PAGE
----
Media torture the language
Palm Beach Post Columnist
Monday, February 02, 2009
On his second day in office, President Obama ordered an end to torture by Americans as we have known it since 9/11. What do you say to that?
If you are the media, you do not say the T-word. Like a Victorian avoiding mention of bodily functions, you find another way to describe it, as limbs became the stand-in for legs. For CBS News, torture became "the harshest treatment of terror subjects." At National Public Radio, it became "extreme interrogation tactics."
At the Los Angeles Times and CNN, the T-word was used, but only with attribution. In Los Angeles, "critics" described the techniques as torture, and at CNN "many" considered them to be torture. One guesses that the many include the critics. The T-word made it through one news cycle on The Associated Press but then became "harsh interrogations."
Instead of saying what had been stopped, The New York Times gingerly reported what was not: "(A)ll interrogations (are) to follow the noncoercive methods of the Army Field Manual." Fox News followed the Times in avoiding the negative to emphasize the positive field manual. Then Fox explained what is wrong with that. The manual "is intended for honorable combatants, meaning POWs in a military conflict. The (new) rule would prevent trained interrogators at the CIA from using lawful interrogation techniques against terrorists who have been trained to withstand Army Field Manual Techniques."
What we are talking about, as everyone knows, are techniques, including waterboarding, that were considered torture since their earliest appearance in the Western world. After World War II, we prosecuted waterboarding - also known as water torture - as a war crime. When President Bush saw photos of what went on at Abu Ghraib prison in Iraq, he thought that it had to be an aberration.
We know now that it wasn't. A handful of people in his administration - including lawyer John Yoo, whose name was on the findings, Vice President Dick Cheney, whose name is missing and Attorney General Alberto Gonzales, who decided lately that he is proud of it - decided that when we torture, it isn't torture. It's OK. They put that in a Justice Department memo.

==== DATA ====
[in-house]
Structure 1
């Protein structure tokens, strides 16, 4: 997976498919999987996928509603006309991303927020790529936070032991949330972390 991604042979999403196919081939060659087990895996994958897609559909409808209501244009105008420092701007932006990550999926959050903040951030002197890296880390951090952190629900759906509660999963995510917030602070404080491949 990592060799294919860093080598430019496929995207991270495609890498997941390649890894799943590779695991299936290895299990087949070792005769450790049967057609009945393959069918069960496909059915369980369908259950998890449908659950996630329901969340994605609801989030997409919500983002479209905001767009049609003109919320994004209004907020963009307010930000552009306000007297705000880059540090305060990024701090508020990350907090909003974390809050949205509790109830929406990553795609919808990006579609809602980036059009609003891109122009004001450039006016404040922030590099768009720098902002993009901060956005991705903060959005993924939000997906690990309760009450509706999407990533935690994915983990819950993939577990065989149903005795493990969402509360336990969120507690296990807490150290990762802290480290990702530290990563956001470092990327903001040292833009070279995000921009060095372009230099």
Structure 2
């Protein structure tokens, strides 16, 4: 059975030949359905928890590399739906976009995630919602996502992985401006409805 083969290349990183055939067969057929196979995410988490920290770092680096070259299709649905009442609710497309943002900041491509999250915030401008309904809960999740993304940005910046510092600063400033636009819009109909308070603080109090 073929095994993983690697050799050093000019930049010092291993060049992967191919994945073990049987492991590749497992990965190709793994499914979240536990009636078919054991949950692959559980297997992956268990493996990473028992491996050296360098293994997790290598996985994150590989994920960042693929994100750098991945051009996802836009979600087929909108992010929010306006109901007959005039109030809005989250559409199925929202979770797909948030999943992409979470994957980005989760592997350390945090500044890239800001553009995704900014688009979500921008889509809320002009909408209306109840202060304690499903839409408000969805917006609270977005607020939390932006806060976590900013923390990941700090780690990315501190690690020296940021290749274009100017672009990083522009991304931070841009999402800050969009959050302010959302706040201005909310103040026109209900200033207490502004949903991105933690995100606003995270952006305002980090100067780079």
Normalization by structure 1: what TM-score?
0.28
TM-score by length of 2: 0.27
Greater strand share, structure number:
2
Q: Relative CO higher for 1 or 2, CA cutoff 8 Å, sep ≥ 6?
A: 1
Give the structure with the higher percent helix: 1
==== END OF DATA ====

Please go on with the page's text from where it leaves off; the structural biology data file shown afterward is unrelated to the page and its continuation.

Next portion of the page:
That is the origin of the "lawful interrogation techniques" Fox News referred to. The same techniques were "lawful" on the same grounds, with the same kind of paperwork, when the Gestapo applied them, and the Gestapo was notorious for torture. A piece of paper can make torture lawful, but it can no more make it humane and ethical than it can make pig iron into pork sausage.
The impertinent Mr. Gonzales told National Public Radio that we will be sorry if Mr. Obama really manages to put our torturers out of business. Mr. Gonzales may miss them; I don't want to be in the same universe with authorized U.S. government torturers.
So, what has happened to the media all of a sudden that, in deference to a handful of ethically challenged former officials, they embroider fancy words around torture the way Big Brother's minions do in George Orwell's 1984? They have no trouble naming the deed when other countries do it.
"In our time, political speech and writing are largely in defense of the indefensible," Orwell said in another place, referring to such verbal abominations as "extreme interrogation tactics." As undertakers did in the days when premature burial was feared, Mr. Obama left a rope attached to an above-ground bell when he buried torture by executive order.
An interagency task force will review the country's interrogation methods. If the task force decides that we should bring back torture and ease Mr. Gonzales' worried mind, will we understand what the media are talking about when they write about the review?
Tom Blackburn is a former member of The Post Editorial Board. His e-mail address is firstname.lastname@example.org